Tips to Stop Getting a Car Extended Warranty Spam Call or Robocall?
Don’t Give Out Personal Information over the Phone.
First and foremost, do not give any personal information to any caller, such as social security numbers, credit card information, driver’s license numbers, or bank account information, unless you can show that you are dealing directly with a legitimate company that you do business with. Phone scammers are good at leading you to believe they work for a company you trust in any way. Don’t be fooled. Be extra careful!
Make sure to exercise as much caution as possible. These callers are very persuasive. If you have a Caller ID, you can screen incoming calls. Legitimate telemarketers must transmit or display their phone number and the name and/or phone number of the company they represent. The display must include a phone number that you can call during normal business hours to ask the company to stop calling you. You should be careful even if the numbers look real. Criminals may engage in Caller ID “spoofing” – deliberately falsifying the information transmitted to your Caller ID display to disguise their identity.
Block Scam Calls on Smartphone.
Blocking a specific number on your smartphone is also a good way to avoid the call, you can follow the following steps to make it:
- Download any mobile phone manager software and open the software.
- After entering, open the security protection, find the harassment blocker, and click to enter.
- After turning on the harassment blocking function, click the setting icon in the upper right corner to enter the setting interface of the mobile phone.
- On the setting interface, find the blacklist and click to enter.
- After turning on the blacklist function, click Add, then select Add by Region, and enter the province or area code.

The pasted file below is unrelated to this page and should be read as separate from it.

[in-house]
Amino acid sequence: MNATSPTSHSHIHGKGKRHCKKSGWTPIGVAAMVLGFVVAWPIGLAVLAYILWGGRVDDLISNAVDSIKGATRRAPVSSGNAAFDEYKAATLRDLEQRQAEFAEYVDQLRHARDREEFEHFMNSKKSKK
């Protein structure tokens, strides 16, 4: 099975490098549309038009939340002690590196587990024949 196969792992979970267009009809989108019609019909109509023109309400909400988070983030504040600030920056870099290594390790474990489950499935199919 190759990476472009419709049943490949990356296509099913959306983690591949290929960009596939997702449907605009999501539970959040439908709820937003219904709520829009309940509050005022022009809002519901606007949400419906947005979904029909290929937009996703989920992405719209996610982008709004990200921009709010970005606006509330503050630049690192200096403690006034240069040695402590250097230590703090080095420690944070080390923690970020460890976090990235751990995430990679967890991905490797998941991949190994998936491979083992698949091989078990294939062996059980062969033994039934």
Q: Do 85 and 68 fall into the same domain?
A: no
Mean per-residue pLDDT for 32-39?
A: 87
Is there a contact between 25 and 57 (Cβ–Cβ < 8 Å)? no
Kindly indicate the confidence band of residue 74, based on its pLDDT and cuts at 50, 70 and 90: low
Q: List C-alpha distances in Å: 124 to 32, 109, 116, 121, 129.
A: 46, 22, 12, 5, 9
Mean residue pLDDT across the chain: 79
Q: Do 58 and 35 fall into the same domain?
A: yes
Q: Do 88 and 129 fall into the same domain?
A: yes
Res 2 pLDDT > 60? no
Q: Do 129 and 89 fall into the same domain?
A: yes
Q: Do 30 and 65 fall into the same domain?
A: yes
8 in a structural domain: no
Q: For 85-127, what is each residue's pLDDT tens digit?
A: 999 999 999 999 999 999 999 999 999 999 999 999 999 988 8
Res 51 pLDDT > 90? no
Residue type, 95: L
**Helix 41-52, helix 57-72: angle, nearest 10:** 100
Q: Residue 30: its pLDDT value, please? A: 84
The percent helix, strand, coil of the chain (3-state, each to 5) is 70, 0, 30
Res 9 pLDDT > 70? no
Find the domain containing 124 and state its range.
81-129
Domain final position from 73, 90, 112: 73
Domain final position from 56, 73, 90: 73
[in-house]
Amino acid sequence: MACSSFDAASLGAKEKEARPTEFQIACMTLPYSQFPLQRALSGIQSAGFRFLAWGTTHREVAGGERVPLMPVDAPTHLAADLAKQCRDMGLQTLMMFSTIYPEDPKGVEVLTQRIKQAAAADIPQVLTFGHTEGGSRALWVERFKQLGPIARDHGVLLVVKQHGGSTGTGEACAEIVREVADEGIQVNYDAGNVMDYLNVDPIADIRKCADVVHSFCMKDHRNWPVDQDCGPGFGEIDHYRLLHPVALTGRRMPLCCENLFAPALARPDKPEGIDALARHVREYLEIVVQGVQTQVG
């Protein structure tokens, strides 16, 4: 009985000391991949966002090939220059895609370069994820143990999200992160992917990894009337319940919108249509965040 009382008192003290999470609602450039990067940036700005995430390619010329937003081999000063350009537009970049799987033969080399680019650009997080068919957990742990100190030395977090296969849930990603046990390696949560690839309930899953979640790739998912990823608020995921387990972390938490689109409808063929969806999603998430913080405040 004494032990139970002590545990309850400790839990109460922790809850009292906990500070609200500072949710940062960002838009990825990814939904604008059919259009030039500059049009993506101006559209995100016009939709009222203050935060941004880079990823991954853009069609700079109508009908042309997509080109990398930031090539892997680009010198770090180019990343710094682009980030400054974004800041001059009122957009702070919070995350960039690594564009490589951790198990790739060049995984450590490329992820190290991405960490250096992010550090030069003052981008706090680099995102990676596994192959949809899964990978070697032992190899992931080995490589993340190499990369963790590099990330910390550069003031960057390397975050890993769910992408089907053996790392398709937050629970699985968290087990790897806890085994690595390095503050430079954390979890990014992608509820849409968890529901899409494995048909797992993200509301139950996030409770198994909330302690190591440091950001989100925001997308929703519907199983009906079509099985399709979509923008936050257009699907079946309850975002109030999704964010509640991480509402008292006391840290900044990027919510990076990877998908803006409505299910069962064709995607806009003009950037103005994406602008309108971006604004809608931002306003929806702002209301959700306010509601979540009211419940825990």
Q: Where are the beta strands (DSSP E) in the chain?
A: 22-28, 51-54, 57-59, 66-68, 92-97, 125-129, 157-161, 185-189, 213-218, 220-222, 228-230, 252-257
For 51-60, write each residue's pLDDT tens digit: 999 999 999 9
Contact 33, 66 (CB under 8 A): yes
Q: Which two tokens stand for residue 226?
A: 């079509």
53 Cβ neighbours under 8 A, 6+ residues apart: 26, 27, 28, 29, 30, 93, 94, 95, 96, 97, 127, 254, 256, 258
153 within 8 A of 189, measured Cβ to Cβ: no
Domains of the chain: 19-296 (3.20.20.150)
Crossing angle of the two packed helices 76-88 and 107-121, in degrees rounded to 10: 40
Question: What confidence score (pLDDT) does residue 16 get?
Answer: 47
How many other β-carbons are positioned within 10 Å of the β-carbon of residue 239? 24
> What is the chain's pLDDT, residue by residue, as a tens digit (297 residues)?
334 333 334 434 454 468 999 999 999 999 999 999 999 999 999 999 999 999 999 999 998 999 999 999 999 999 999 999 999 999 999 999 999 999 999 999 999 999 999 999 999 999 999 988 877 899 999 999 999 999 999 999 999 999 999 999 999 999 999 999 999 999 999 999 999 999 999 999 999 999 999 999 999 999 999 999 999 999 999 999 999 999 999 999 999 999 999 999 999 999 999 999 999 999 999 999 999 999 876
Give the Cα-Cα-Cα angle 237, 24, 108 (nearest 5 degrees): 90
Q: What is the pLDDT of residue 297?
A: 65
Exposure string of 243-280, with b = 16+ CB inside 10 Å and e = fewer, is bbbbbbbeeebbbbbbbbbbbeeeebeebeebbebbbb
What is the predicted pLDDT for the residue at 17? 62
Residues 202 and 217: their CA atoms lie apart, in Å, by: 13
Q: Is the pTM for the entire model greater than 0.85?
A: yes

On iPhone (iOS 12+)
- Tap Settings at the bottom of the screen.
- Tap Block/Allow List.
- Tap the Allow tab.
- Tap Add to Allow list and enter the range or number you wish to block moving forward.
- Tap “Allow“.
Use the Third-Party Blocking App RealCall
A call blocker app is also a good approach to prevent car warranty scam calls. RealCall app is a tool focusing on blocking spam calls and text messages for iOS and Android. You can use it to block all numbers starting with any sequence. The total number of phone numbers you can block is as many as 50 million based on the RealCall database. All the doubtful numbers will be automatically blocked for you. The app works fine. Spammers often use your area code or a nearby area code to spoof numbers so you can block all the area codes the spammers try and still get all the calls you want. Blocked calls will go straight to voicemail so that you won’t miss any important calls or messages. RealCall uses advanced blocking technology to help get ahead of spammers before you answer unknown calls. Additionally, RealCall constantly upgrades its blocking rules based on trending spam, neighbor spoofing, scams, pranks, telemarketers, and other unwanted text messages that are collected in real-time. RealCall provides every user with extra security and added protection from scammers while enjoying protection and peace.
Register National Do Not Call Lists.
If you want to go a step further, in addition to hanging up and blocking phone numbers, you can always join a national do not call list, which should help you minimize or eliminate scam calls. The National Do Not Call Registry is the federal government’s response to spam calls. This registry won’t stop established scammers from calling you, but it will stop unsolicited calls from “legitimate” businesses you don’t have an existing relationship with calling you with offers you didn’t ask for. You need to register to report scammers.
There are two ways to add your number to the Do Not Call List, and the registration is free. You can visit DoNotCall.gov or call 1-888-382-1222 (TTY: 1-866-290-4236) from the phone you want to register. After registering your number at DoNotCall.gov, you will receive an email with a link that you need to click on within 72 hours to complete the registration.